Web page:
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Materialism in the philosophy of mind

DOI: 10.4324/9780415249126-N032-1
Version: v1,  Published online: 1998
Retrieved May 18, 2024, from

Article Summary

Materialism – which, for almost all purposes, is the same as physicalism – is the theory that everything that exists is material. Natural science shows that most things are intelligible in material terms, but mind presents problems in at least two ways. The first is consciousness, as found in the ‘raw feel’ of subjective experience. The second is the intentionality of thought, which is the property of being about something beyond itself; ‘aboutness’ seems not to be a physical relation in the ordinary sense.

There have been three ways of approaching these problems. The hardest is eliminativism, according to which there are no ‘raw feels’, no intentionality and, in general, no mental states: the mind and all its furniture are part of an outdated science that we now see to be false. Next is reductionism, which seeks to give an account of our experience and of intentionality in terms which are acceptable to a physical science: this means, in practice, analysing the mind in terms of its role in producing behaviour. Finally, the materialist may accept the reality and irreducibility of mind, but claim that it depends on matter in such an intimate way – more intimate than mere causal dependence – that materialism is not threatened by the irreducibility of mind. The first two approaches can be called ‘hard materialism’, the third ‘soft materialism’.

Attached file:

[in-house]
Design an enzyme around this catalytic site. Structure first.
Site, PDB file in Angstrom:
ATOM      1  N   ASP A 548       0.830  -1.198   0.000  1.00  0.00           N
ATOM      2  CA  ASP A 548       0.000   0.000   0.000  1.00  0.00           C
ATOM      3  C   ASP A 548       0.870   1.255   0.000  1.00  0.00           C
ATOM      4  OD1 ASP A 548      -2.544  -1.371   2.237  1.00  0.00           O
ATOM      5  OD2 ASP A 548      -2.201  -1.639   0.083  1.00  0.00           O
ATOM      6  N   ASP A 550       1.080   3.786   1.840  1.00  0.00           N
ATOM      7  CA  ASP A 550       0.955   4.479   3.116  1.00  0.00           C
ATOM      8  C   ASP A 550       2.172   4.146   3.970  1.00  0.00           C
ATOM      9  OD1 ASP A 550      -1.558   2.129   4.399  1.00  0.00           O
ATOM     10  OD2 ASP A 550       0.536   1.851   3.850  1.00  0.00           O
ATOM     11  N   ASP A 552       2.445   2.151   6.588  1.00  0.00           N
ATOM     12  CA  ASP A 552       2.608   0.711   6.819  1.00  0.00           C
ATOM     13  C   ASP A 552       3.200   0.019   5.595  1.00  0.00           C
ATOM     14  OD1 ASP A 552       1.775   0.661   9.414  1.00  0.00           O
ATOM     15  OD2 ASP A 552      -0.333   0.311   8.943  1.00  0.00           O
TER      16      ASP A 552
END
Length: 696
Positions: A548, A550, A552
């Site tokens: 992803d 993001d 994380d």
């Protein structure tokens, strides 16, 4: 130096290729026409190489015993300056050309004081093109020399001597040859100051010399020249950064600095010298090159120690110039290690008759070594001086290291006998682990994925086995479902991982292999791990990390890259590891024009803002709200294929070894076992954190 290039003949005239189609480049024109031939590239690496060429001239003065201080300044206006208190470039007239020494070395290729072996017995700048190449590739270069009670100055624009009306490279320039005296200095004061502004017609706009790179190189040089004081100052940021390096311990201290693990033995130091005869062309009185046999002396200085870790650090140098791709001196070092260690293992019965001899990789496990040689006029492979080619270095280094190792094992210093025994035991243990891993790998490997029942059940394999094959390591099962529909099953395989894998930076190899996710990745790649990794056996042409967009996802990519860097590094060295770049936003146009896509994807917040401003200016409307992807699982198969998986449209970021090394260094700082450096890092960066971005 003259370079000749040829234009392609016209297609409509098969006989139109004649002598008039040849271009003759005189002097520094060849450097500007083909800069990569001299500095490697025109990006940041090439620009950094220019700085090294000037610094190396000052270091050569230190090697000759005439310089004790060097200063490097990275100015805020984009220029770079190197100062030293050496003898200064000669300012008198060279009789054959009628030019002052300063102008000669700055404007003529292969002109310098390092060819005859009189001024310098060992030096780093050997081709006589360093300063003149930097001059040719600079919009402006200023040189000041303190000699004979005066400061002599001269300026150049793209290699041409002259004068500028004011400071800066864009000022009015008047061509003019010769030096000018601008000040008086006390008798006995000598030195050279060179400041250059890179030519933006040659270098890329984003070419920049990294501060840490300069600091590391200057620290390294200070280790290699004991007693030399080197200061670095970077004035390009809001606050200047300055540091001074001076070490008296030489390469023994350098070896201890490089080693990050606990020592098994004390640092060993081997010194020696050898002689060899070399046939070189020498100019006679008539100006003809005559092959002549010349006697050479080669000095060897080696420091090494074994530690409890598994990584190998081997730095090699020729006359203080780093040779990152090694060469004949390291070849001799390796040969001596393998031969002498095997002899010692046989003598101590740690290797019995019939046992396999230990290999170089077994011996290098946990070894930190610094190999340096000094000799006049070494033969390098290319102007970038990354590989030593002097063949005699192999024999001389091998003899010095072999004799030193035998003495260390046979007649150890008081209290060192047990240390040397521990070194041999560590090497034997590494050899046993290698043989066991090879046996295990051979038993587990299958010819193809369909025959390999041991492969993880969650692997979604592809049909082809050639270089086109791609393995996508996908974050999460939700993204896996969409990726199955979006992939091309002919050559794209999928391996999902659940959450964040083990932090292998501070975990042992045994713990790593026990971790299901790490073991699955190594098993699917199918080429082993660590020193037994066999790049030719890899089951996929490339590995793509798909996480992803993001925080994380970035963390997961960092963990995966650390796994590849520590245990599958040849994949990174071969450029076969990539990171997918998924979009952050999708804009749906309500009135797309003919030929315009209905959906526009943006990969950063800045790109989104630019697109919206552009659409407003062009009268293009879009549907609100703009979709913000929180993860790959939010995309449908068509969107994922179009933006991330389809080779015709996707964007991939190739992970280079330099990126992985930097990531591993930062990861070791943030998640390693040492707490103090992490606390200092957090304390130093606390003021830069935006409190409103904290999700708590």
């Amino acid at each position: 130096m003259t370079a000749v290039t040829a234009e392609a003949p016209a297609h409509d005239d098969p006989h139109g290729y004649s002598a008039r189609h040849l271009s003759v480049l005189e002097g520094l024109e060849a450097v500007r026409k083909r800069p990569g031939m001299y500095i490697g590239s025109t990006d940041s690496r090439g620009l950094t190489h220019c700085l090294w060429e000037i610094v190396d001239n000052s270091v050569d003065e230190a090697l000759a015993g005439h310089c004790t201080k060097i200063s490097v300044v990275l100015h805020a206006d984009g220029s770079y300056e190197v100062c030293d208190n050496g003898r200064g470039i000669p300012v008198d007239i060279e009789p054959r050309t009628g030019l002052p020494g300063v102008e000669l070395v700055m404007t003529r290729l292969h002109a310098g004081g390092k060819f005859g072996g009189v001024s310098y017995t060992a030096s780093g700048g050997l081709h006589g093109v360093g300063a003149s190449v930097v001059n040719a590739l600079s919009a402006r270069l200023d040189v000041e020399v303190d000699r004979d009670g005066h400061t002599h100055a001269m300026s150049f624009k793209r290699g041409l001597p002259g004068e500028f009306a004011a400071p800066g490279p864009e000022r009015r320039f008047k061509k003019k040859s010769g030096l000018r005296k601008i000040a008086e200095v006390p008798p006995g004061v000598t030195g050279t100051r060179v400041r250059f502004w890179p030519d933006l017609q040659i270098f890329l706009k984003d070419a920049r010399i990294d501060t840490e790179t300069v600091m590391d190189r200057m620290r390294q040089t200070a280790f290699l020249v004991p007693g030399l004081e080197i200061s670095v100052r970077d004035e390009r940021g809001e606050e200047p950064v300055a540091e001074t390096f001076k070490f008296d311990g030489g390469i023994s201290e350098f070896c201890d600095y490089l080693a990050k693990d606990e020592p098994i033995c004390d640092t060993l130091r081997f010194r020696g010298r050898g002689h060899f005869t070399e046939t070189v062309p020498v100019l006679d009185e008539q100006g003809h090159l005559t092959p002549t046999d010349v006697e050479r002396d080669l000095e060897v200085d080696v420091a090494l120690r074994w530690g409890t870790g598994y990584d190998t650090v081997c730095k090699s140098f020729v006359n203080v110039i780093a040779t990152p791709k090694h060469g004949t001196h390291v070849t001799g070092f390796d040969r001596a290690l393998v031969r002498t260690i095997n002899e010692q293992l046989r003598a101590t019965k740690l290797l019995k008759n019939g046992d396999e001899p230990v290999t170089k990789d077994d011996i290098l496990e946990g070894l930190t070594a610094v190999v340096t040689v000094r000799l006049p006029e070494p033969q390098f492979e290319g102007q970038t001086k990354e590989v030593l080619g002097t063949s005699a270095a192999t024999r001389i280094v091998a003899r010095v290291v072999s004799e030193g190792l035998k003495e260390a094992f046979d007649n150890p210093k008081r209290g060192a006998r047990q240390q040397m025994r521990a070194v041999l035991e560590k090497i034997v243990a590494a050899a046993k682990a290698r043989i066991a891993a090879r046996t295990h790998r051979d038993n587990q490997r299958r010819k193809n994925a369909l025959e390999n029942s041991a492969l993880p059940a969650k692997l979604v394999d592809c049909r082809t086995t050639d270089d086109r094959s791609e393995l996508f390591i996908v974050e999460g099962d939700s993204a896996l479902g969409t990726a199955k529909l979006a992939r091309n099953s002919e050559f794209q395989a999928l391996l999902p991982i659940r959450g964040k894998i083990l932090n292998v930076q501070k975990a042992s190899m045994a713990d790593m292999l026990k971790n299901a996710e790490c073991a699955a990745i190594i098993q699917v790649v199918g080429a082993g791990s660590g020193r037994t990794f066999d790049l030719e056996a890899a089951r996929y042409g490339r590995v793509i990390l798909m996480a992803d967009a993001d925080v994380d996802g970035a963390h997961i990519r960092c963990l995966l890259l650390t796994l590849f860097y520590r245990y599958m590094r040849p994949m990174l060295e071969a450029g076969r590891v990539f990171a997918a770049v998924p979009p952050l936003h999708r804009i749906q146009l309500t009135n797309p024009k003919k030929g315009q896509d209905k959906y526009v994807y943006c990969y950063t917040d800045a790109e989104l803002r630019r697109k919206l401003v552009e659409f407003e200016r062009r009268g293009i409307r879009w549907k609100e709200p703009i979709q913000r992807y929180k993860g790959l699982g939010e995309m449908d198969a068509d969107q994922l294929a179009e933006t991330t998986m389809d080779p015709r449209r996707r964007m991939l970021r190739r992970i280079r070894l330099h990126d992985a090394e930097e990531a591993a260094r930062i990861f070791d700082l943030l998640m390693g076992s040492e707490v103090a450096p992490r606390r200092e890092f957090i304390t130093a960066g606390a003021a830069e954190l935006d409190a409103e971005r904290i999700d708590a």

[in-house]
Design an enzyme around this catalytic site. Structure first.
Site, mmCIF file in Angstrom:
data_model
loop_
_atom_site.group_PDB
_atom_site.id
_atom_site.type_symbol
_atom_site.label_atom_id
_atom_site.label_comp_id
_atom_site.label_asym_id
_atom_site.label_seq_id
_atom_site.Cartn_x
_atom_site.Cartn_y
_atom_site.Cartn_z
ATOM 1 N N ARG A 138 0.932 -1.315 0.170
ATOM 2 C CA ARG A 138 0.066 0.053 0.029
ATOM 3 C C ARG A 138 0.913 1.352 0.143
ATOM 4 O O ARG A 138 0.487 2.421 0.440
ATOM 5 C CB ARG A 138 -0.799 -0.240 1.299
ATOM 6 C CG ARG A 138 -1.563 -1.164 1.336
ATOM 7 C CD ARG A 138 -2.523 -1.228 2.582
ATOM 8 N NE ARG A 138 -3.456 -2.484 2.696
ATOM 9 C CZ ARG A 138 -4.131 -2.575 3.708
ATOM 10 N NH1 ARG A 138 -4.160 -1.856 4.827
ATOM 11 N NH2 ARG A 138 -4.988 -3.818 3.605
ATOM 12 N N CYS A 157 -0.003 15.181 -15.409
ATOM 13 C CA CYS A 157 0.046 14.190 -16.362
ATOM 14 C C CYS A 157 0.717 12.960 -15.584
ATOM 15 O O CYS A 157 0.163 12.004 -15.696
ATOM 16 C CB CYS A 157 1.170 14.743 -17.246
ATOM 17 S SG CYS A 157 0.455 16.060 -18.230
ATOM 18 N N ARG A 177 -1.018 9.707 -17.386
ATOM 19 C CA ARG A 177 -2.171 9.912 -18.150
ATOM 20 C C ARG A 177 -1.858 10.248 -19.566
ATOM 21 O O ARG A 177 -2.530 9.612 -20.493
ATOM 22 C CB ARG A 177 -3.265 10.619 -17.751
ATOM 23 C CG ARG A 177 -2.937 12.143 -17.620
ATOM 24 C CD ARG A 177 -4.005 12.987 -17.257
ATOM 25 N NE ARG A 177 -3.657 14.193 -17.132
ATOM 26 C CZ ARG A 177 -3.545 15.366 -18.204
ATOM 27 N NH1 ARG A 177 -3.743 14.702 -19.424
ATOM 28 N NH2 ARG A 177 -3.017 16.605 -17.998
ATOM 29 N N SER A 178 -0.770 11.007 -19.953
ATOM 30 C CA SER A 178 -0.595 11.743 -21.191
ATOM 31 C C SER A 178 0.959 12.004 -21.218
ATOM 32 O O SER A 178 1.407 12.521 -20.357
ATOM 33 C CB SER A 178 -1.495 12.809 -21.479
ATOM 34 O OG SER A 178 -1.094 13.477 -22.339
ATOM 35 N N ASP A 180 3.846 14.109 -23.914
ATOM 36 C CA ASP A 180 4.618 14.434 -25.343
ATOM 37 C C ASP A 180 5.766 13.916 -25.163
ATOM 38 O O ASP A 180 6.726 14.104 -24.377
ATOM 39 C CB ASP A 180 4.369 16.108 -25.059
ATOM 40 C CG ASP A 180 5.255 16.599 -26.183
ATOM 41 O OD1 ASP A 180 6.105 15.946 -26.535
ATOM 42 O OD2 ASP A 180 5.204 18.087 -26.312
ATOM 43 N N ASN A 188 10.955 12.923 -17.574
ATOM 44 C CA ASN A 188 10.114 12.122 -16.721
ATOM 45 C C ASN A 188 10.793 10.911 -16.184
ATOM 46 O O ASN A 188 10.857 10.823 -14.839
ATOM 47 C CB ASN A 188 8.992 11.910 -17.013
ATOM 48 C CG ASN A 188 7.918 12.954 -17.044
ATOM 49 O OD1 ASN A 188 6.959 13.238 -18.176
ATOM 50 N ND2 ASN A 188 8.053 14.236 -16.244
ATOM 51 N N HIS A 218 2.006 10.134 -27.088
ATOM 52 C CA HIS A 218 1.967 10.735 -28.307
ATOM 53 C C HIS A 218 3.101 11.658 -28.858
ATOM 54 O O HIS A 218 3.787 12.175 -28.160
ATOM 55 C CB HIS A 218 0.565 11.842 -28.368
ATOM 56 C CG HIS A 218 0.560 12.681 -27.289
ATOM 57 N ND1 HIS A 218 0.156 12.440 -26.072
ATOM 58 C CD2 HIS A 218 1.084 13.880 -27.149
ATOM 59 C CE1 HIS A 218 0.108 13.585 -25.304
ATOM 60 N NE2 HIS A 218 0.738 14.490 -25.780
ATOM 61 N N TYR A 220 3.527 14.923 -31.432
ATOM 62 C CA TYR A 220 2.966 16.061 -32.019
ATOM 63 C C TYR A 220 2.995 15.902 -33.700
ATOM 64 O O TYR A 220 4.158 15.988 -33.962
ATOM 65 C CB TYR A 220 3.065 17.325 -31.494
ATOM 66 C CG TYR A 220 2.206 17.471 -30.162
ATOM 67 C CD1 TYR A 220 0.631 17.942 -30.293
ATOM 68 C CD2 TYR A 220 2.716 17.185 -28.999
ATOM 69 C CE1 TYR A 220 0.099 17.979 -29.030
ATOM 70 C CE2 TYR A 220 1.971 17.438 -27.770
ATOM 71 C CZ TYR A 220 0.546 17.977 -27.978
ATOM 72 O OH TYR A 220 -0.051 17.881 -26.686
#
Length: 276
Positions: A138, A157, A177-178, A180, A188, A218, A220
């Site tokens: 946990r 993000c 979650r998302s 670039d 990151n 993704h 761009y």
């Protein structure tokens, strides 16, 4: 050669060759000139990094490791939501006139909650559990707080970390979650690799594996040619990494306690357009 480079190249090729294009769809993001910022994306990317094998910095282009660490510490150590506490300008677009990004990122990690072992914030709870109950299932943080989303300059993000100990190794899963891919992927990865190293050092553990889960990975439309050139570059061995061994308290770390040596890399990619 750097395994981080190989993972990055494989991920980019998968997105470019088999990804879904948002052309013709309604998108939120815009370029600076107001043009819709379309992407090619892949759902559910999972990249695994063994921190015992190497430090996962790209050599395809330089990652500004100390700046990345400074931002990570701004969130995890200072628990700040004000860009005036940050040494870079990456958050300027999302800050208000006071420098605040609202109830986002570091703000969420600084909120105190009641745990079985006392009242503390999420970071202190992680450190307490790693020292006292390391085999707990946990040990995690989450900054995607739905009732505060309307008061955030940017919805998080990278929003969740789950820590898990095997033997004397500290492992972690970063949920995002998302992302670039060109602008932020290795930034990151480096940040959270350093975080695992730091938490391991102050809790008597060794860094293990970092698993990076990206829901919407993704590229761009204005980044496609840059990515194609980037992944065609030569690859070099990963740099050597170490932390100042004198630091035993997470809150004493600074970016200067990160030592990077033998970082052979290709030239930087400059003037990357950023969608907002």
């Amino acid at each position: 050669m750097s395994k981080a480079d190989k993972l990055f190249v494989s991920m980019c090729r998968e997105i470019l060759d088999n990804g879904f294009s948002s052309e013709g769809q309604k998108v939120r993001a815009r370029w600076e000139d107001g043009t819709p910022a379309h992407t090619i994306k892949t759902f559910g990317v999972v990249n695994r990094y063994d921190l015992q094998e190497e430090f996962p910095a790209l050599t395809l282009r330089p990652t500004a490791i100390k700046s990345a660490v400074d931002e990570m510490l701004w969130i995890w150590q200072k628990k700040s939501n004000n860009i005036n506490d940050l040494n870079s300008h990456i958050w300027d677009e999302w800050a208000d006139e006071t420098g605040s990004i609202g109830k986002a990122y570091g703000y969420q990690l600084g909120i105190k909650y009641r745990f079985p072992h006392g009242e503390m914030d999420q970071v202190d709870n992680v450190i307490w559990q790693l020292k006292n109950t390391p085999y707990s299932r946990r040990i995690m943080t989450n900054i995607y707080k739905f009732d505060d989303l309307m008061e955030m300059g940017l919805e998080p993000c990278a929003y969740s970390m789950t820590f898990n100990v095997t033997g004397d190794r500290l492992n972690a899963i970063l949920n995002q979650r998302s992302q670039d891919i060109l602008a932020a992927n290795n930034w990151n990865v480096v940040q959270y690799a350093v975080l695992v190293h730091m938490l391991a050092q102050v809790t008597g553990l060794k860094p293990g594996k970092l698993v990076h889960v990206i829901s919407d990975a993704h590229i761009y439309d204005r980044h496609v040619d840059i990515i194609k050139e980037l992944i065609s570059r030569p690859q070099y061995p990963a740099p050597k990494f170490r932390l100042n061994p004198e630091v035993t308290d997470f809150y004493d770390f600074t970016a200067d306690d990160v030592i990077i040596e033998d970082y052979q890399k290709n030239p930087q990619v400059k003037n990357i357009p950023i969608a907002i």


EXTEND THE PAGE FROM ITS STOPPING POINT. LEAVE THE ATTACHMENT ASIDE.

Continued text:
The problem for eliminativism is that we find it difficult to credit that any belief that we think and feel is a theoretical speculation. Reductionism’s main difficulty is that there seems to be more to consciousness than its contribution to behaviour: a robotic machine could behave as we do without thinking or feeling. The soft materialist has to explain supervenience in a way that makes the mind not epiphenomenal without falling into the problems of interactionism.

Citing this article:
Robinson, Howard. Materialism in the philosophy of mind, 1998, doi:10.4324/9780415249126-N032-1. Routledge Encyclopedia of Philosophy, Taylor and Francis,
Copyright © 1998-2024 Routledge.

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